Australia has grounded its NH Industries MRH90 fleet following what was likely to have been a fatal crash on the night of Friday 28 July.

Australian officials have confirmed that the type is grounded pending investigations, while the search continues for the four crew aboard the MRH90 (the Australian designation for the NH90) when it crashed in the sea off the northern state of Queensland during the Talisman Sabre military exercise.

MRH90 Avalon

Source: Greg Waldron/FlightGlobal

An Australian MRH90 at the Avalon Airshow in March 2023

On 30 July, defence minister Richard Marles said that debris from the helicopter had been found, but that its main body had yet to be located. He added that a “major international effort” was underway to find the crew.

Both Australian and US warships are involved in the search near the Whitsunday Islands, along with specialist divers and parapublic assets. While there were currents, conditions were not hindering the search.

This the second time in 2023 that an MRH90 has come down in the sea. The first incident occurred on 22 March, when an MRH90 ditched in Jervis Bay, south of the Australian town of Nowra. In that incident, the four crew and six passengers were safe. The helicopter’s emergency flotation system also activated, allowing it to be towed to a beach.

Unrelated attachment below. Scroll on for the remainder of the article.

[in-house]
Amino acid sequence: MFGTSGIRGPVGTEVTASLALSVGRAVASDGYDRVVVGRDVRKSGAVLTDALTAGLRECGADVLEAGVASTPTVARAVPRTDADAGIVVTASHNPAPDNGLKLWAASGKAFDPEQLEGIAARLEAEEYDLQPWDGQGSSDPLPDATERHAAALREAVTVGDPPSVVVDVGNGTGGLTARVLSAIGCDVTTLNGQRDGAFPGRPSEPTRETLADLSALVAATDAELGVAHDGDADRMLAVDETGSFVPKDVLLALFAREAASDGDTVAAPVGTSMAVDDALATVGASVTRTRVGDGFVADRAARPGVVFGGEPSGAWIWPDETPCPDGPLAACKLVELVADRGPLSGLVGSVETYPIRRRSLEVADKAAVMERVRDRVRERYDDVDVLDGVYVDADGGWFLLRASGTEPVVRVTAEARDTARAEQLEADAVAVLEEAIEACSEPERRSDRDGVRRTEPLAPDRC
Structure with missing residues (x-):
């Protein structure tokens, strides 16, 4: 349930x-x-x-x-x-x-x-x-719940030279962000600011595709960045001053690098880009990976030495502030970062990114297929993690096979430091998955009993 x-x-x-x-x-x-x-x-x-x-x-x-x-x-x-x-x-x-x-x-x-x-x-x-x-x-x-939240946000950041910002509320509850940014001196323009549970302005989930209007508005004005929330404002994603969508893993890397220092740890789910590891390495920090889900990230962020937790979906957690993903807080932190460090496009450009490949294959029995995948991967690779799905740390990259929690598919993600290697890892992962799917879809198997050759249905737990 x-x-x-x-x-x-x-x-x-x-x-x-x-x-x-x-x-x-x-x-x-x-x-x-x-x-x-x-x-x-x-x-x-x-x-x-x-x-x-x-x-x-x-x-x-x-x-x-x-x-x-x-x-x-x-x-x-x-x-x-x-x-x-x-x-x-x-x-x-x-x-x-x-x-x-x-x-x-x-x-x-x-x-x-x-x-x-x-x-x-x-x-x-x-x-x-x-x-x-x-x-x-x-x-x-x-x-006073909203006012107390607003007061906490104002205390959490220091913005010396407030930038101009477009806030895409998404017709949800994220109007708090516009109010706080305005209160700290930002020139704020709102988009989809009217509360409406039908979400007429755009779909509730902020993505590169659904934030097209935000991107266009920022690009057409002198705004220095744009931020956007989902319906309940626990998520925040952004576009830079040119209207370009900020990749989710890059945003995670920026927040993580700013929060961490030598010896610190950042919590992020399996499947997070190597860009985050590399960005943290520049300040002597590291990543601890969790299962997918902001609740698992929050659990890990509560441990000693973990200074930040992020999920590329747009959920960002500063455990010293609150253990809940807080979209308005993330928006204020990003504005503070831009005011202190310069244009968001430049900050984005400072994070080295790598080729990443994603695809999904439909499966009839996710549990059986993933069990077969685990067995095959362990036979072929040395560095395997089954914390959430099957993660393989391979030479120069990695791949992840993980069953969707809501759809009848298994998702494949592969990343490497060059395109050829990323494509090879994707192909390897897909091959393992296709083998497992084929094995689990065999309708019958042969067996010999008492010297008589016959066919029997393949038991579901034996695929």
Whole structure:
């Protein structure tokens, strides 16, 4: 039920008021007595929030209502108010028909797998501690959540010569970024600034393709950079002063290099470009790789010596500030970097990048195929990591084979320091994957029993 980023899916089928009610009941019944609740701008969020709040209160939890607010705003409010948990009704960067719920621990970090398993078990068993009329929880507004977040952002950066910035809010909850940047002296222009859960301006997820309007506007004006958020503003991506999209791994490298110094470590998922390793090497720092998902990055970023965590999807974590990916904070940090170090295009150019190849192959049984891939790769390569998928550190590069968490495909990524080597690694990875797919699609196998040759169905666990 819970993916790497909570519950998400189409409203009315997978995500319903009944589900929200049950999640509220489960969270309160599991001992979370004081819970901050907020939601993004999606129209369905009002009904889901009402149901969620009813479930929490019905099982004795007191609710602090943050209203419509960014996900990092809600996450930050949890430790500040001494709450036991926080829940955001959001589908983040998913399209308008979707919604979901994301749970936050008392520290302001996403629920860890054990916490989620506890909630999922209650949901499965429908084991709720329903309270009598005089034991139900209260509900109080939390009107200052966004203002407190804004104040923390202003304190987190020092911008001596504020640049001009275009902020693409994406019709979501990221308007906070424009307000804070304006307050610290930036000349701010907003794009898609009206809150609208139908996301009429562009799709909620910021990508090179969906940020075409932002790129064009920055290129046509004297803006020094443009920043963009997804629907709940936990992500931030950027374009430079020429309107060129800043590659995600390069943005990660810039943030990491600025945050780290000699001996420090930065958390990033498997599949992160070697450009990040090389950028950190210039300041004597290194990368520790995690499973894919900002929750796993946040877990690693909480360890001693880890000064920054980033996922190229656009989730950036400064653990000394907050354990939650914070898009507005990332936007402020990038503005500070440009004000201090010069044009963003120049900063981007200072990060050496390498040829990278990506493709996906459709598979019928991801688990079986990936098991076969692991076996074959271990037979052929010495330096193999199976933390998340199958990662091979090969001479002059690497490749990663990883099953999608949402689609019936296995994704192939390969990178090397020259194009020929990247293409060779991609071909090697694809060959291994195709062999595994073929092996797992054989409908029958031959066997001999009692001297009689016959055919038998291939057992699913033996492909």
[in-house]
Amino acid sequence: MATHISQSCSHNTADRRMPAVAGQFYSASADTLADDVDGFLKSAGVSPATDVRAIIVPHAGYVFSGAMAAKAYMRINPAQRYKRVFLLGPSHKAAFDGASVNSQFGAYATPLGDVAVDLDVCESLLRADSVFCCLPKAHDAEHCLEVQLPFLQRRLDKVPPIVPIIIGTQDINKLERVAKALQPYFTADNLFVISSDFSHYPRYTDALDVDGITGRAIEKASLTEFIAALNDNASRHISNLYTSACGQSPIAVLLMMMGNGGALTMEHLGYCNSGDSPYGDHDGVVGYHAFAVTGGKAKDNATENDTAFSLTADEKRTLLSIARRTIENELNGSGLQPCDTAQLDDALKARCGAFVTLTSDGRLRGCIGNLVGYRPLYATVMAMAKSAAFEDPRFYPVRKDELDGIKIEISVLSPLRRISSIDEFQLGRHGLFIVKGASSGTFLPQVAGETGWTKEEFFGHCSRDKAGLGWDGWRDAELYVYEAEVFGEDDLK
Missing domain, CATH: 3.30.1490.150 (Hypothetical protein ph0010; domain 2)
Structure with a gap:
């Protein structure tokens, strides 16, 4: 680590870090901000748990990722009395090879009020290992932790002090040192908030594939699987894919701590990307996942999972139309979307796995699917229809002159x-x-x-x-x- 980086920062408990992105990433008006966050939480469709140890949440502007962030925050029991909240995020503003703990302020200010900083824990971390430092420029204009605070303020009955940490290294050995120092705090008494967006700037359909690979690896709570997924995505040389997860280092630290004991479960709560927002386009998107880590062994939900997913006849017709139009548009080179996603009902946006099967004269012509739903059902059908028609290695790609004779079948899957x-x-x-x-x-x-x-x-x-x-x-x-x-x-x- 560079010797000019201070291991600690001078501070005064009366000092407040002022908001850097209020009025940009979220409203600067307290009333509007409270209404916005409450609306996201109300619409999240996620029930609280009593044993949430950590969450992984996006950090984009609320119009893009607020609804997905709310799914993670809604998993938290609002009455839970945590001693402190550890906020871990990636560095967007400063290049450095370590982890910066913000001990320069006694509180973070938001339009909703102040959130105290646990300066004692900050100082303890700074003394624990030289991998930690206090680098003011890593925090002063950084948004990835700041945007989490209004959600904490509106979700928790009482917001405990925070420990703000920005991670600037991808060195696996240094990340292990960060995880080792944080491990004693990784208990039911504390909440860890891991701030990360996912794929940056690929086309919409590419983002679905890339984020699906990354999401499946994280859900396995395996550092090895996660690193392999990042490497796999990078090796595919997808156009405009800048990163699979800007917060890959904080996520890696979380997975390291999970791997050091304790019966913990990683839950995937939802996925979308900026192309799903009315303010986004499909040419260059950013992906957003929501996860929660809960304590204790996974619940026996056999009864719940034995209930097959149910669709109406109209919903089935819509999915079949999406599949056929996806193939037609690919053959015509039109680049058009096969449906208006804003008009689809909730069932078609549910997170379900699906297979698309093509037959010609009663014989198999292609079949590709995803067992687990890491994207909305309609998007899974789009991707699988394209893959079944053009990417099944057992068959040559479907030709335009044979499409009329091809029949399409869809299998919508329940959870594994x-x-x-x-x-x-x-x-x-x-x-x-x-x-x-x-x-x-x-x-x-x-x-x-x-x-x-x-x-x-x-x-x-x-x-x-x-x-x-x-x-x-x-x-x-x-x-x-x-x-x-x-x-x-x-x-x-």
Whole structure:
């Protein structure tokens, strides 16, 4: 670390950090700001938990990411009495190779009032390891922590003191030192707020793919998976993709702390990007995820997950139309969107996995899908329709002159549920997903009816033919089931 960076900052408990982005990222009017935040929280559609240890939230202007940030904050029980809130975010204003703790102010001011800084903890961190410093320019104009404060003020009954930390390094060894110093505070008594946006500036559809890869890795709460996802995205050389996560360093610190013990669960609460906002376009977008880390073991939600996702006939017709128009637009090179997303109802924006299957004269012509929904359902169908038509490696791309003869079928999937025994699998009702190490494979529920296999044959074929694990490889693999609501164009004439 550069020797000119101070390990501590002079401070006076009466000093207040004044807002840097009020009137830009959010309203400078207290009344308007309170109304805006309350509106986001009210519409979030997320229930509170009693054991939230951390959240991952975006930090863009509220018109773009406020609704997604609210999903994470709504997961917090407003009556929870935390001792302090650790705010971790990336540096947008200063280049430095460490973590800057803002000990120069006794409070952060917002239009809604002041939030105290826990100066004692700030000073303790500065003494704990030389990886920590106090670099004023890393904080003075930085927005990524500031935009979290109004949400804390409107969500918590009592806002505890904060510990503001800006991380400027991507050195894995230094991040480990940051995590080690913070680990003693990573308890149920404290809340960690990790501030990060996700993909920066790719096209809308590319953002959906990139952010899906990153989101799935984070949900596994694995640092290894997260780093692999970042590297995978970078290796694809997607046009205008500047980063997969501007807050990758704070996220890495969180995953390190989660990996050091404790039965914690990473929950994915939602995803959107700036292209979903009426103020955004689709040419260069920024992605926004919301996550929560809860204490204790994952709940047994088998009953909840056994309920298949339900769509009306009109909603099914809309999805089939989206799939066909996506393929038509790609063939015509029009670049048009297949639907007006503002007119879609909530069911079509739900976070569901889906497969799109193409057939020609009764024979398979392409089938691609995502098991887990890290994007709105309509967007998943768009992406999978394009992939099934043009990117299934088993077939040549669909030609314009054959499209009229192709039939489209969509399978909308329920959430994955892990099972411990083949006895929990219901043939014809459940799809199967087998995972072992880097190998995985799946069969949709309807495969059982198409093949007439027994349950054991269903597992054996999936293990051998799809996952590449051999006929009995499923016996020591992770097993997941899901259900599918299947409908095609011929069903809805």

Speaking with reporters, Australian officials would not be drawn on the outlook for the MRH90 in Australian service, staying that the focus now is on the search and rescue effort. An investigation will also be conducted.

In an interview with the Australian Broadcasting Corporation on 31 July, minister for defence industry Pat Conroy said that the MRH90 had resumed flying in April after the earlier grounding.

“Operations were temporarily suspended to allow time for initial investigations to determine if there were any ongoing airworthiness implications, and flights resumed in April after extensive risk analysis and implementation of risk mitigation controls occurred,” said Conroy.

“And it’s really important to restate what the chief of army said yesterday that the army doesn’t take unnecessary risks. The army mitigated those risks and declared the helicopter safe to fly.”

The MRH90 has been an extremely problematic platform for the Australian military, with sustainment proving to be a major challenge. In January, Australia confirmed it will partially replace its 47 MRH90s with 40 Sikorsky UH-60M Black Hawk helicopters.